Sorry, but today’s all about tackling a major project, rather than scooping out a small portion of my brain to share with you good people. Please content yourself with the high-brow electronic music above, as well as the following snippet of anti-jazz hysteria from the April 11, 1921 edition of the Chicago Tribune:
Home was handicapped. No saxophones or trombones; the best he could find to smite was a bloomin’ lyre. Nero was restricted to a Stradivarius.
Both made their mistake, it seems, for jazz, we learn, is the brand of racket which best suits the destructive motif. It is Bolshevized Wagner, Carrie Jacobs Bond in a Soviet tune.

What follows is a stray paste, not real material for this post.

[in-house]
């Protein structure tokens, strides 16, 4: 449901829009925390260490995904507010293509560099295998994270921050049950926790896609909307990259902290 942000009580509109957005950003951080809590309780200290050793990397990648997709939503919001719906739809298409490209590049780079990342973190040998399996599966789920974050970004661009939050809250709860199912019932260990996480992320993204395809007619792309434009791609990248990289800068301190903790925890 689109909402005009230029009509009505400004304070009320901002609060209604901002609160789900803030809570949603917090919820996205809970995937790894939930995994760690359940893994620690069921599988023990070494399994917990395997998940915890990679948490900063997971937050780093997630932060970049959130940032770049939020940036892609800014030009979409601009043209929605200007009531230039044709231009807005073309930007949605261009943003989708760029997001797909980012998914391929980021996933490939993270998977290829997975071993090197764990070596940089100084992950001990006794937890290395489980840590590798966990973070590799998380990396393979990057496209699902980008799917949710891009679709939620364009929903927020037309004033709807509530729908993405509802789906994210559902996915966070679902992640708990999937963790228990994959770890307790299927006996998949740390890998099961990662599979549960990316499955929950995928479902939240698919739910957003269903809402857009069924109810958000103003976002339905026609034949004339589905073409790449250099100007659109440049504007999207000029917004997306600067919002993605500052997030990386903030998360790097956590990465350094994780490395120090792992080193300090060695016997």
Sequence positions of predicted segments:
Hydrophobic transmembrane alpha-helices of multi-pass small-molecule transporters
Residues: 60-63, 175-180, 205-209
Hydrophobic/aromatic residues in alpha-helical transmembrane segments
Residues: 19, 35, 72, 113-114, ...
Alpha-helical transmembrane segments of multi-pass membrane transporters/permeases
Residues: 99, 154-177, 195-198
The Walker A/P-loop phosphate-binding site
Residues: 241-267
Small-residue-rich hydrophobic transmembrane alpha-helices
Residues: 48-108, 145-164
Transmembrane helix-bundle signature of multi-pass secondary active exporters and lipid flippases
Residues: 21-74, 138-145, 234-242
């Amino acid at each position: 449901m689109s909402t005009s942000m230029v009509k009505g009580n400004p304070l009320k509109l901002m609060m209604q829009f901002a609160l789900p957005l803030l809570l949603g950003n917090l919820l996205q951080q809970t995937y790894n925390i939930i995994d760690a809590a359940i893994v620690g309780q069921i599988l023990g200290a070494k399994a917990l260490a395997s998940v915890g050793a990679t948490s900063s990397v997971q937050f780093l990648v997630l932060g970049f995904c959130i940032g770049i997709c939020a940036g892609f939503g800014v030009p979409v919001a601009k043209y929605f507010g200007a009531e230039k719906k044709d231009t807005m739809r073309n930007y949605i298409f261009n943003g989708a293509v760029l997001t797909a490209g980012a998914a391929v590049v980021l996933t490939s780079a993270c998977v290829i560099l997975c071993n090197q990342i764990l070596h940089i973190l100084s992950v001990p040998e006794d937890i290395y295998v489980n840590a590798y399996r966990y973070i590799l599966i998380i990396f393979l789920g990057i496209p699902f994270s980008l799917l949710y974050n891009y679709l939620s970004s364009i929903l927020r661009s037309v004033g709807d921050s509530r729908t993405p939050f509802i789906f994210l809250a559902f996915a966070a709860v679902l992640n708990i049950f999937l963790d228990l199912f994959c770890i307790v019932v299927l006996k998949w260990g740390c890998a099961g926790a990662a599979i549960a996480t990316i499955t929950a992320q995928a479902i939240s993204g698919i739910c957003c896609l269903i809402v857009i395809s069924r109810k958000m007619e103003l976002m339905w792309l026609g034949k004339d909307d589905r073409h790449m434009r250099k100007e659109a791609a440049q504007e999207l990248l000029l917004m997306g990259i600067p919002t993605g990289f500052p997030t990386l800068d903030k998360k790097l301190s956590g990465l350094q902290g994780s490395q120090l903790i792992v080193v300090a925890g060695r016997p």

In short, jazz is wicked. Dr. Frank E. Morton, acoustic engineer for the American Steel and Wire Company and a leader in the music trades convention which is to be held in the Drake hotel next month, says it’s the black sheep of the melody family.
“Jazz,” he said last night, “expressed hysteria and incites to idleness, revelry, dissipation, destruction, discord, and chaos. It accords with the devestating, volcanic spirit that has burst forth over the world in the last six years…
“Make music virile. Put red blood into it. Associate it with two-fisted men who do things. Keep away from the jazz abominations. Restore the orderly harmonized organization of industrial and social life with good music. Bring back ‘Home Sweet Home.’“
Dr. Morton, consider yourself fortunate that you shed your mortal coil before the advent of sinister-clown hip-hop. I very much doubt you would have had the fortitude to endure the sonic experience.